Already on 11 May 1940 an agreement was reached between the Dutch Authorities on Curacao and the British Consul that Great Britain would accept the 220 German merchant sailors and detain them in an internmentcamp in British Jamaica. In the period between their arrival in Bonaire and their shipment to Jamaica the sailors had to build an internmentcamp in Bonaire to house the other civilian internees. They finished building the camp early July 1940 and on 5 July 1940 the crew of the Antilla, together with their 185 colleagues, was escorted to the vessel Jamaica Producer and transported to British Jamaica. There the crew went to Male Internment Camp Kingston. This camp housed a total of 1070 civilian detainees of which 608 were “Enemy merchant seamen”. The crew spent the rest of the war in Camp Kingston. According to the death registrations of St. Andrews (Jamaica) at least one crewmember of the Antilla died in detention; on 16 february 1943 engineer Willy Schwennosen perished as result of an illnes at the age of 59.

(note: the internmentcamp in Bonaire was not bought by Captain Schmidt of the Antilla after the war, as has been widely suggested, but by a local entrepreneur, Mr. Lodewijk Gerharts. On the spot of the camp at first Hotel Zeebad was built and later on Divi Flamingo Hotel, which is still there).

Supply ship myth:

it is often said that the Antilla was a disguised auxiliary ship for U-boats. I have not been able to find any confirmation for this, nor for the presence of ammunition, torpedoes, fuel etc. in the wreck when salvage was considered. Furthermore, prior to May 10, 1940 the ship was repeatedly searched by the military authorities for weapons and nothing was found.  It’s also clear that the captain of the Antilla followed the orders that were given by the German authorities to the merchantfleet. The Antilla carried 3000 tons sulphur  from Galveston (Texas) destined for Europe which was eventually unloaded in San Nicolas harbour in October 1939. Therefore the “U boat supply story” can be ruled out.

The “supply ship rumour” could well have originated from the visits of German tankers to Aruba in December 1938 and January 1939. According to a Dutch intelligence report the tanker Rudolf Albrecht arrived in Aruba in December 1938 and loaded fuel that, the Dutch authorities suspected, was destined for the cruiser Schlesien. The Rudolf Albrecht crew however stated that the fuel was for their own use and that her next port of call would be Cartagena (Colombia). Later on it was confirmed that the Rudolf Albrecht had replenished the cruiser Schlesien in the Caribbean Sea. In Januari 1939 the tanker Julius Schindler visited Aruba. Prior to her visit she was observed while replenishing the cruiser Schleswig-Holstein on the high seas. In Aruba the Julius Schindler loaded several types of fuel. According to the intelligence report one of these fuel types could only be used by U-boats.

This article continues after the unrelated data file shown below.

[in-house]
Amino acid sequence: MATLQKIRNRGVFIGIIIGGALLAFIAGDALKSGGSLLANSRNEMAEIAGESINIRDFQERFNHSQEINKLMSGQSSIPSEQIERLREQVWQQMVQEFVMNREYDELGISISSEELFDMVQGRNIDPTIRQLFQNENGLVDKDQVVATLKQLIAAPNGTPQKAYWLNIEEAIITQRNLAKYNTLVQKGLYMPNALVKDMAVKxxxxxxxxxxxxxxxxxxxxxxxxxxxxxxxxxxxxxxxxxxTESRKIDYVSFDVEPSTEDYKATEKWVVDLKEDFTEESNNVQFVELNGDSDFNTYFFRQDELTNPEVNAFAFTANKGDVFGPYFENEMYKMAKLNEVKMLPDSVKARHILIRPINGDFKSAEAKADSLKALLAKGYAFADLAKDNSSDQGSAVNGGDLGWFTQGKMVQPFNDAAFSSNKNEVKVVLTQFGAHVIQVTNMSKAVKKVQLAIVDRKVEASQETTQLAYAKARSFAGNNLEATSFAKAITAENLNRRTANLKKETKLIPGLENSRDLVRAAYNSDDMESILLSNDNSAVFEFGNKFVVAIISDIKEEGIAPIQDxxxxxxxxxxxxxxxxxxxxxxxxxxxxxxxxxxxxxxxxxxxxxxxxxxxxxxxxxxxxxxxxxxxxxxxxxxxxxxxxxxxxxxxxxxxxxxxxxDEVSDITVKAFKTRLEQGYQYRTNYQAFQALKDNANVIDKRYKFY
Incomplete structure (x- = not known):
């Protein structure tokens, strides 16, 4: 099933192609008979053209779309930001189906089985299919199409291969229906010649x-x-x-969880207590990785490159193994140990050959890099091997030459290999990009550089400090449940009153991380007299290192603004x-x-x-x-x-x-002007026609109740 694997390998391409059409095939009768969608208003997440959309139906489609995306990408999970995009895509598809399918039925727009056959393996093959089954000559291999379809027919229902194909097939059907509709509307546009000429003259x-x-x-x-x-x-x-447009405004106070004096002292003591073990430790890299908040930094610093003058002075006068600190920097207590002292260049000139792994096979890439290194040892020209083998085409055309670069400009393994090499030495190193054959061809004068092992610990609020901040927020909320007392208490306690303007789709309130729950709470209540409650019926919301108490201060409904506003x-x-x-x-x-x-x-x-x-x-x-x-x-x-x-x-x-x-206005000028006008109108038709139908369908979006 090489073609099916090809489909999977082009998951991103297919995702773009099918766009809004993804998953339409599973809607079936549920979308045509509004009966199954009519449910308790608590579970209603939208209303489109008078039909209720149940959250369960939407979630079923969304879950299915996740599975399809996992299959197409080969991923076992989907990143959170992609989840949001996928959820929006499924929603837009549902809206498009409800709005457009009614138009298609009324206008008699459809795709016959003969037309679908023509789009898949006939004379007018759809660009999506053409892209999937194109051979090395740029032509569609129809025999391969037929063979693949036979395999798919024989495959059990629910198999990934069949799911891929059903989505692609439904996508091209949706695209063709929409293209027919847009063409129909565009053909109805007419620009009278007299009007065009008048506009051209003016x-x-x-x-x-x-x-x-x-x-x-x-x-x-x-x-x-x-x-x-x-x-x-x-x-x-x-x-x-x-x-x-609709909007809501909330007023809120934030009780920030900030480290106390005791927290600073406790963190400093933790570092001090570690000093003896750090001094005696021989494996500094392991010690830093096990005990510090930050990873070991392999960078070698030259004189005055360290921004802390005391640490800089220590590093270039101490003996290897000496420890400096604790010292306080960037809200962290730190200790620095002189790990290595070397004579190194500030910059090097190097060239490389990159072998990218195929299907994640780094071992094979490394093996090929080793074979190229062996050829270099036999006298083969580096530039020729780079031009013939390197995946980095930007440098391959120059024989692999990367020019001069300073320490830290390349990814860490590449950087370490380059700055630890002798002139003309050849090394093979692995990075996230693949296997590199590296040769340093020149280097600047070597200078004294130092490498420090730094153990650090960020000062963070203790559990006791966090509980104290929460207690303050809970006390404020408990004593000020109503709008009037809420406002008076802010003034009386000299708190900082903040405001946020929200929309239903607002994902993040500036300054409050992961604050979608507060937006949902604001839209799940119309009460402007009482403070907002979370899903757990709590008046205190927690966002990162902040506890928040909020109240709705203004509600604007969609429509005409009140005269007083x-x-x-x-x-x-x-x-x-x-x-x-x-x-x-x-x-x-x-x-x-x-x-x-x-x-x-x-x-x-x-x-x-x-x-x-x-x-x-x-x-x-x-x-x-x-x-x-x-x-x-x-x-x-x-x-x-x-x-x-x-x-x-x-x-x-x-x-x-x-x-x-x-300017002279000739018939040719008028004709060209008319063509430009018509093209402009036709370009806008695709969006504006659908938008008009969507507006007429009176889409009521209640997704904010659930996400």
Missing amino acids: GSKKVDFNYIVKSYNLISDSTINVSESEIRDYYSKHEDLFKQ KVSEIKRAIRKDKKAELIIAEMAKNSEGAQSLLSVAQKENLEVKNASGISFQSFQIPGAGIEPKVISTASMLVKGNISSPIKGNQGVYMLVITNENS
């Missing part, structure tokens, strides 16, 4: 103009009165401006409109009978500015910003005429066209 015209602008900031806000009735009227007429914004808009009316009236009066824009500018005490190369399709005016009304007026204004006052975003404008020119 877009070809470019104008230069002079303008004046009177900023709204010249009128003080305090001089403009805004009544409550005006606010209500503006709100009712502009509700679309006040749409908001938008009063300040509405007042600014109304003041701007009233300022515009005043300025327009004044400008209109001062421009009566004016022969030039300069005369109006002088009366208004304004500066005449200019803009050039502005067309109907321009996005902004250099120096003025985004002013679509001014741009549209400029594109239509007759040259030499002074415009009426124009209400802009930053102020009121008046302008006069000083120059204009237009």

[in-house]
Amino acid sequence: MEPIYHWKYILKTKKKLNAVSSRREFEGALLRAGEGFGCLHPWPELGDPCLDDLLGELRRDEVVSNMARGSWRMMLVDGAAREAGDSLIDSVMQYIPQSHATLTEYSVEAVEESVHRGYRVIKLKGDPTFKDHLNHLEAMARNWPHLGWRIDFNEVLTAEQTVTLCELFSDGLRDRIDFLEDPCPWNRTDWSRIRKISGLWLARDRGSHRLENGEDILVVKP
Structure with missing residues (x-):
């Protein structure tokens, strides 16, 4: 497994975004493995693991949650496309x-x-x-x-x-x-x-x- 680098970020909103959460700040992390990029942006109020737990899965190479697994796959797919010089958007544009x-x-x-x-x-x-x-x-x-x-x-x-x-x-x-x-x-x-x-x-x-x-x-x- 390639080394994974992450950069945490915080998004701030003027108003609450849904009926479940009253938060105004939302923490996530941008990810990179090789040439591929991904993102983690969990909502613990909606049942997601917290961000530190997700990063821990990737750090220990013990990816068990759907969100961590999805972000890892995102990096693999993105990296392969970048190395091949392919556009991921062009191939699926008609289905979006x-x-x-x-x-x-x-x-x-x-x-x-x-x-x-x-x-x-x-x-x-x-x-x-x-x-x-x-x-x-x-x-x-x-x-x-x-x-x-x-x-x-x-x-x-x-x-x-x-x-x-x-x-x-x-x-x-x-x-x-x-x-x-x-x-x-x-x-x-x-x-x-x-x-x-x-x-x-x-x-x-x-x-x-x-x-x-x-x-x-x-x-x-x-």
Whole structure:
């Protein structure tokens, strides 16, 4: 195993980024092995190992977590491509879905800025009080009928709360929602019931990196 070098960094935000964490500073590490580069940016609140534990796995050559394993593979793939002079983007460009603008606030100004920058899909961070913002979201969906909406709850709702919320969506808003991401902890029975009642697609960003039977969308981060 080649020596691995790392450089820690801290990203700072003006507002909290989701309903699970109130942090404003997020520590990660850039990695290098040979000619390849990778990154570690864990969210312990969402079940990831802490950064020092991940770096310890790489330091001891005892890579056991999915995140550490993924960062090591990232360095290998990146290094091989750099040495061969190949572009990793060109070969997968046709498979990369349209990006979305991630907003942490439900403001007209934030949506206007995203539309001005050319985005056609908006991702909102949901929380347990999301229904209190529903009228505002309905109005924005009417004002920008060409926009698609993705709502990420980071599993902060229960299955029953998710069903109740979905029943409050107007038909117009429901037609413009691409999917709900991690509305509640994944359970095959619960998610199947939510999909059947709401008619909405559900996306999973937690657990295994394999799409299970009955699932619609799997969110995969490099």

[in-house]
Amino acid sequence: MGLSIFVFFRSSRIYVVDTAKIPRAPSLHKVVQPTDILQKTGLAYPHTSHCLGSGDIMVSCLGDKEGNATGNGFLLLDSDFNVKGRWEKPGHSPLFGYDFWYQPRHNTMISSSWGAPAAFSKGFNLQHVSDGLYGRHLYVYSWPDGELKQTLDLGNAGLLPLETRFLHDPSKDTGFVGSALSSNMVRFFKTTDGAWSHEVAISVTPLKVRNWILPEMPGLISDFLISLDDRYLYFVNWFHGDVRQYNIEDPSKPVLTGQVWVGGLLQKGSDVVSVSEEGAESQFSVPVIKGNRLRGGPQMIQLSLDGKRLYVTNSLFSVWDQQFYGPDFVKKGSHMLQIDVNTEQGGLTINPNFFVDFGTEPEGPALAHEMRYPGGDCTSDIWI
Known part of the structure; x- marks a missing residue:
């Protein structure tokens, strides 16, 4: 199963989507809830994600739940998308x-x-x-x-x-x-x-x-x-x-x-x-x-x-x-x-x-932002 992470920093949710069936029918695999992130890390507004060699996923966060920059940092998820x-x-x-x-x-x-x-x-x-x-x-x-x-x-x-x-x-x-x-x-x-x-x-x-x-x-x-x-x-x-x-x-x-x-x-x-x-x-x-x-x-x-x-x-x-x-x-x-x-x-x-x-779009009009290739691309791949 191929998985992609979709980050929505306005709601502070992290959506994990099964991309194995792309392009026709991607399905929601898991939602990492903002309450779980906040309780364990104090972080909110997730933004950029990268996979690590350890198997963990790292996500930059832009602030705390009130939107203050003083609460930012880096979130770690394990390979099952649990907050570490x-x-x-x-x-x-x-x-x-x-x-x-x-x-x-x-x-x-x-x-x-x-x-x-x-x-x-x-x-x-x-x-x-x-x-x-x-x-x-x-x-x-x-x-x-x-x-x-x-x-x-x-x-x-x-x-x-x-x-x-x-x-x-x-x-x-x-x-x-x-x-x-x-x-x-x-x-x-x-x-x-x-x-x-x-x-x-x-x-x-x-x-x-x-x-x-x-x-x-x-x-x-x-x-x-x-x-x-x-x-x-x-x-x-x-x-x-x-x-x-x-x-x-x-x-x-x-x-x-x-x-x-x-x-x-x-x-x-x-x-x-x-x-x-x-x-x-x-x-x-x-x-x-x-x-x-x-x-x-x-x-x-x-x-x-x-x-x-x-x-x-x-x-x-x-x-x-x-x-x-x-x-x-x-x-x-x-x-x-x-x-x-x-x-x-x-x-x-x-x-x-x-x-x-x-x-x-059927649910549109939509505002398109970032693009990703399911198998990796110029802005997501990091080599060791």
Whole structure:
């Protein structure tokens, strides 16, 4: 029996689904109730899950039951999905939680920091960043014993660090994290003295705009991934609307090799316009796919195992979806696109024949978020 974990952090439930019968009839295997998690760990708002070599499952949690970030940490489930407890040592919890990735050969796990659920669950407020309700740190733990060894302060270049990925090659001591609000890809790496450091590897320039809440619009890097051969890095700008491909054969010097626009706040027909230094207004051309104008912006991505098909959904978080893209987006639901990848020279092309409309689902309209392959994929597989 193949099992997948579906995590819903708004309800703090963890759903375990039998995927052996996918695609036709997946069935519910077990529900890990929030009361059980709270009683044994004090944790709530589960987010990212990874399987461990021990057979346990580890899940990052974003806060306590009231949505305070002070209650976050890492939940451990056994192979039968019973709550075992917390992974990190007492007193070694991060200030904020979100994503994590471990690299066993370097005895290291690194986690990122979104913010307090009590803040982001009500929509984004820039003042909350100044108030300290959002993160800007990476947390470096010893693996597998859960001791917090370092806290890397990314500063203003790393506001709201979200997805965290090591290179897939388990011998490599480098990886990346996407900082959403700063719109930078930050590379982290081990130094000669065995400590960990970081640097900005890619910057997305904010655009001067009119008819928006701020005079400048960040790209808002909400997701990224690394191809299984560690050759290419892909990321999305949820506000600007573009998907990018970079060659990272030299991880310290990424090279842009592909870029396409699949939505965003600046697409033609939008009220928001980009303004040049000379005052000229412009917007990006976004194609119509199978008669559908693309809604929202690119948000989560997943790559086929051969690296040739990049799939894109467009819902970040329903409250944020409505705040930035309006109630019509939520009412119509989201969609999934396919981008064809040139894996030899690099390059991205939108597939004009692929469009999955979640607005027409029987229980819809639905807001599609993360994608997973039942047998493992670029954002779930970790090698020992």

(see also: Prelude for the scuttling of the Antilla, the lost wreck of the Troja)

(More background information on other (WW II) wrecks in Aruba can be found at

 (The author has not been able to identify and/or contact the owners of some of the pictures used in this article. If you feel that the author is using data that should not belong in this article due to copyright violations please notify the author. The author of this article does not claim to be the owner of the information within and shall therefore remove all content that is copyrighted if the owner of the material requests so. Anybody who claims a copyright however should make it reasonably clear that such a copyright legally exists).  
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Pedernales, the Phoenix of Aruba

In the early morning hours of February 16, 1942 war reached the shores of Aruba, delivered by the German U boat U-156. With the detonation of the first torpedo the idea that the war might leave Aruba undisturbed was literally blown to pieces. The first victim was the Lake tanker Pedernales and more tankers would follow that night. In total 52 people (including a German submariner and four Dutch marines) lost their lives and five tankers in the region were sunk or damaged by several U-boats. The Pedernales however, despite the fact she was heavily damaged, was repaired and eventually returned to service, she more or less rose from the ashes. So when you dive the mid-section of the Pedernales you actually dive the remnants of the Phoenix of Aruba.